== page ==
My own campus, UM-St. Louis (UMSL), has not escaped the fallout from its sister campus, as diversity sensitivity training has been stepped up here as well. It does not matter that UMSL has among the most diverse minority student populations in the state, with blacks comprising 18 percent of the student body; that in my department alone one-third of the tenure-track faculty are black; that there has been a “cultural diversity” curriculum requirement for all majors for decades; that we have had a black chancellor, at a time we were called a “racist” institution; that we have long had a “chief diversity officer” and a “chancellor’s diversity council”; and that as recently as 2013 we received a national “Higher Education Excellence in Diversity” award.

Universities have come a long way since Kent State and other symbols of Vietnam-era activism, but one would never know it from the shrillness of voices being heard today in the halls of academe. Many have attributed the growing shrillness to Trump-era hyper-polarization, although the Mizzou protest, and many other such episodes, preceded Trump’s election. Whether in Columbia, St. Louis, or any other community, the local campus is probably the single most diverse place in town, yet the site of the largest grievance industry over racism, sexism, classism, and other categories of victimhood and discrimination. We are in the midst of a revolution of rising expectations.8 Students may have less reason to be enraged today than in the 1960s, but the growth of political correctness, social media, and other cultural trends over the past fifty years has only increased the sense of entitlement and the level of revolutionary fervor, stoking student demands that go far beyond anything conceivable in the past. There is a take-no-prisoners quality to the current uprising.

One could see this not only in the Mizzou affair but also in the campus follies it helped trigger nationwide. For example, almost no one in the 1960s at Princeton would have dared suggest the removal of Woodrow Wilson’s name from the School of International and Public Affairs and other corners of the campus, lest they reveal ignorance of the fact they were calling for expunging an iconic figure long considered the father of American progressivism and the liberal welfare state, as well as the exemplar of liberal internationalism through his creation of the League of Nations. Yet, when students staged a sit-in at President Eisgruber’s office in November 2015, they demanded Wilson’s banishment from campus due to his “racist legacy.” The students settled for the removal of his mural, along with a ban on the title “masters” of residential colleges.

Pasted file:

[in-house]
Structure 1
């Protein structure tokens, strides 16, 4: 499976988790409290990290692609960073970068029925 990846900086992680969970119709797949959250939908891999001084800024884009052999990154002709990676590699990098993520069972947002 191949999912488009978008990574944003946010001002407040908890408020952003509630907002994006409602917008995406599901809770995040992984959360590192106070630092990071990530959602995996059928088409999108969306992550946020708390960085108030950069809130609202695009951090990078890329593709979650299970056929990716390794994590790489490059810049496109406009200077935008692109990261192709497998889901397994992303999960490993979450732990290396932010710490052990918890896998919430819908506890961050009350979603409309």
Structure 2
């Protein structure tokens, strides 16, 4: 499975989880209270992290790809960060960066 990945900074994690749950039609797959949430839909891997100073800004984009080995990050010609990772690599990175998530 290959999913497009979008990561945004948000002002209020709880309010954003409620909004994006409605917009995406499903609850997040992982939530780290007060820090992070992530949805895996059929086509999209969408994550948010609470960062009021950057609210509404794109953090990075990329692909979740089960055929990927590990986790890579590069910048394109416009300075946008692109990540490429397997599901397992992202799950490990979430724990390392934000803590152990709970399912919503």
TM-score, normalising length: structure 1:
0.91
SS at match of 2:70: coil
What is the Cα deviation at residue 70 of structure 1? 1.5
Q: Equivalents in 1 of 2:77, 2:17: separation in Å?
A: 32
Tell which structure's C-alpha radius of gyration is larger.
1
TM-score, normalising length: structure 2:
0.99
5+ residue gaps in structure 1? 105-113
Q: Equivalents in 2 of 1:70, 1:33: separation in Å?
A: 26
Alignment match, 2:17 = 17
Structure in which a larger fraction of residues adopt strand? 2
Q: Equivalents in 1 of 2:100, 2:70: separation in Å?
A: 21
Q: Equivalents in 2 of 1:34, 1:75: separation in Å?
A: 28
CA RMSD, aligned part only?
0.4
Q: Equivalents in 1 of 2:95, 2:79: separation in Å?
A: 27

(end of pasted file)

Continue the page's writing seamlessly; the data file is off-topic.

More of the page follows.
A month earlier, Yale experienced a similar uproar over a memo circulated by its Intercultural Affairs Council instructing students in proper Halloween attire, and urging them not to wear costumes (say, Mexican garb) that might border on “cultural appropriation.” Erika Christakis, a lecturer in early childhood education and the wife of the head of a residential college, elicited a storm of profanity from irate students who called for her dismissal when she replied in a public email that Yalies were capable of making their own Halloween costume selections. Yale President Salovey said he heard the student protestors’ “cries for help” and accepted Christakis’ resignation—an action which indicated just how scary the ivory tower had become. Around that same time, not to be outdone, Columbia University saw several hundred students gather on the quadrangle to chant “I love black criminals,” extending the same warm welcome the school had given Iranian president and Holocaust denier Mahmoud Ahmadinejad a few years earlier. One was left wondering what kind of reception someone on the opposite end of the ideological spectrum would likely get—a Ben Carson, a David Clarke—were he ever invited to speak there.

One final illustration of the depths to which higher education had descended: the students at Lebanon Valley College in Pennsylvania matched the silliness of their Ivy League counterparts when they demanded the renaming of Lynch Hall. In doing so, they dishonored a former college president—and raised the possibility that former U.S. Attorney-General Loretta Lynch might not be considered as a commencement speaker anytime in the future.